The convictions are similar to a case in which an Auckland woman tracked down her biological father in Britain in the late 1990s. The woman, in her late 20s and married with four children, split from her husband and the father, in his mid-40s, moved into her house. Her former husband eventually laid a complaint with police. Her father was found guilty of incest in July last year and ordered to do 300 hours' community work, but his daughter was acquitted.
In sentencing, Judge David Wilson said this was an attraction between two adults not very different in age. "This was a consensual relationship. The typical harms that rise from incestuous relationships were not present. You were not the father in the house raising the child."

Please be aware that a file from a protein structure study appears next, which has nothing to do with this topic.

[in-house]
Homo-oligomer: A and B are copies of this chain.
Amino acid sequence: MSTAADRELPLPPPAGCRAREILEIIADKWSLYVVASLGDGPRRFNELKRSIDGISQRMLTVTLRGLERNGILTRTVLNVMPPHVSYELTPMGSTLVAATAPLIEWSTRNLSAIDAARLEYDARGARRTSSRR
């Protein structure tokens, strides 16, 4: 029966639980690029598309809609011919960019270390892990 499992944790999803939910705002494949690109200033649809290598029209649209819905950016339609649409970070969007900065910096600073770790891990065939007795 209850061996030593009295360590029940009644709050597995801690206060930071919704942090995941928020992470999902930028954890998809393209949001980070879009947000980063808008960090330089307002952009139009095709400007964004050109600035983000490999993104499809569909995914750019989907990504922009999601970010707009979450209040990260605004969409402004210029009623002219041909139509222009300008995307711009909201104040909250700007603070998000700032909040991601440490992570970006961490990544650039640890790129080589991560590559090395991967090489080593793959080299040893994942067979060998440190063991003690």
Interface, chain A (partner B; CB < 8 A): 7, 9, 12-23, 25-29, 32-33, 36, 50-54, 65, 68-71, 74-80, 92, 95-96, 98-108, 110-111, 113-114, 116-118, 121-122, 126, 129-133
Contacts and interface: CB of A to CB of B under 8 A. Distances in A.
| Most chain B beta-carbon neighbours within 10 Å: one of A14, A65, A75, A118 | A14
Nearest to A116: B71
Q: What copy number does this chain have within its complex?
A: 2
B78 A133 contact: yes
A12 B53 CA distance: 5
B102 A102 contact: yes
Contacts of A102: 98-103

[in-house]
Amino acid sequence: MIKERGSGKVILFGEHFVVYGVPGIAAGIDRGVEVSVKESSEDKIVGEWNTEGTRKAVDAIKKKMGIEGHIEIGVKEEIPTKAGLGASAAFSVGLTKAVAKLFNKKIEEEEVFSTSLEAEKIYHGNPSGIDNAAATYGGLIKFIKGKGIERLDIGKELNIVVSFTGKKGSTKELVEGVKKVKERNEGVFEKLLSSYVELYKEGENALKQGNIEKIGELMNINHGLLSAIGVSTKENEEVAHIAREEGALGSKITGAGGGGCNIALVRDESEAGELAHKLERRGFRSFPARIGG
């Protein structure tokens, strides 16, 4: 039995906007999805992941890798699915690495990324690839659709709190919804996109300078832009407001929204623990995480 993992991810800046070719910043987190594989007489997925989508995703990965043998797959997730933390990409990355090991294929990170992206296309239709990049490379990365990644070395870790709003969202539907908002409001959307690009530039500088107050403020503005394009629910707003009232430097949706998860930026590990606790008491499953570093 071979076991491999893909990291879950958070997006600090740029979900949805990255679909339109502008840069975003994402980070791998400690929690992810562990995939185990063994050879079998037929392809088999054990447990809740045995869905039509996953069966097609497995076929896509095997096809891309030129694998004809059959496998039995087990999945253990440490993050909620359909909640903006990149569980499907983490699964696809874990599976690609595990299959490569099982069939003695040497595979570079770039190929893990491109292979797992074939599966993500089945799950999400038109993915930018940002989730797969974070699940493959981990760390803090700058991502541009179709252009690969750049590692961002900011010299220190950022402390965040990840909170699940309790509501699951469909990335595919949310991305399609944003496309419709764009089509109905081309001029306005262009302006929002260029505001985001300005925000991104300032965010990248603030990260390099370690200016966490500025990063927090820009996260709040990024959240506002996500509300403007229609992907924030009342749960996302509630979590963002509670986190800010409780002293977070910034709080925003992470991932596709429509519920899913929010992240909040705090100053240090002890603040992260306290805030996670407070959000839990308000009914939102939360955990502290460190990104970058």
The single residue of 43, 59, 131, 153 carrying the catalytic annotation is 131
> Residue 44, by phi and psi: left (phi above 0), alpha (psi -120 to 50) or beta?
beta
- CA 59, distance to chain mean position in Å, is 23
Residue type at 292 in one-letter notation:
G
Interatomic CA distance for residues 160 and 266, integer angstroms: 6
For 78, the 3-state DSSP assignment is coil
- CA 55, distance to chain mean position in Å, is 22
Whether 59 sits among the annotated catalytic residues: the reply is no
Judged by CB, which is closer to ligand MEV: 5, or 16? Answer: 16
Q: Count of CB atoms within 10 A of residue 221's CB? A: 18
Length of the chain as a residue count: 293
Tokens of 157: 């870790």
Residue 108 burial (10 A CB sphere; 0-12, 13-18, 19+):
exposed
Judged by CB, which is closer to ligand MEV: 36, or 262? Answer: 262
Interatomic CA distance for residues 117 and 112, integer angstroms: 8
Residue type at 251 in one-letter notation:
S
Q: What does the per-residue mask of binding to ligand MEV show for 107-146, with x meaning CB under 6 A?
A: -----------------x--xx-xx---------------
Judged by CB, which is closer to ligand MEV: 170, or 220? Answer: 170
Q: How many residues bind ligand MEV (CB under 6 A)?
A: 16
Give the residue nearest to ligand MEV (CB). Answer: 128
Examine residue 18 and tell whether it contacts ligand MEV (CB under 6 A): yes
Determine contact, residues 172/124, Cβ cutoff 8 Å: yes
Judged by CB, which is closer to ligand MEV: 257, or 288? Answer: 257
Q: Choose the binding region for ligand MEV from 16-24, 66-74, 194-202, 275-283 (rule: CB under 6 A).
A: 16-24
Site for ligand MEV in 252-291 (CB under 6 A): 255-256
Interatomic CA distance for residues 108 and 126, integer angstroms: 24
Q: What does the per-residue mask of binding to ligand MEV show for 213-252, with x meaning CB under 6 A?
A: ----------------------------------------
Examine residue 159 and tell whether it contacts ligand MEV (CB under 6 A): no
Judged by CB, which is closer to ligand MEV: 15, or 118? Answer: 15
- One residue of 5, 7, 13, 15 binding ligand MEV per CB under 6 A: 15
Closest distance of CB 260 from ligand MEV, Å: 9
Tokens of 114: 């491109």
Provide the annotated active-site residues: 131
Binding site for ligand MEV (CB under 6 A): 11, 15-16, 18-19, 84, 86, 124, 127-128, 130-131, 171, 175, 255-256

Sex therapist Robyn Salisbury said the "phenomenon of genetic sexual attraction" was not uncommon in reunited parents and children. Finding a biological parent and meeting them for the first time created powerful emotions. "It's more about the sense of finding themselves in the other. The longing that can follow is such a powerful feeling. People get lost in the intensity [of being reunited] and that can translate into intimacy."
Sunday, June 14, 2015
This is a great piece via Full Marriage Equality about the history of the struggle for same-sex marriage, and what the success of same-sex marriage means for non-monogamous marriage. It makes several good points, the most important of which is that struggles for child custody laws and property rights independent of marriage will need to come first.
On October 6, the Supreme Court denied review, without comment, of all seven petitions addressing state court decisions to overturn same-sex marriage bans. The practical implication of these decisions is that same-sex marriage will become law, piecemeal, through state court decisions.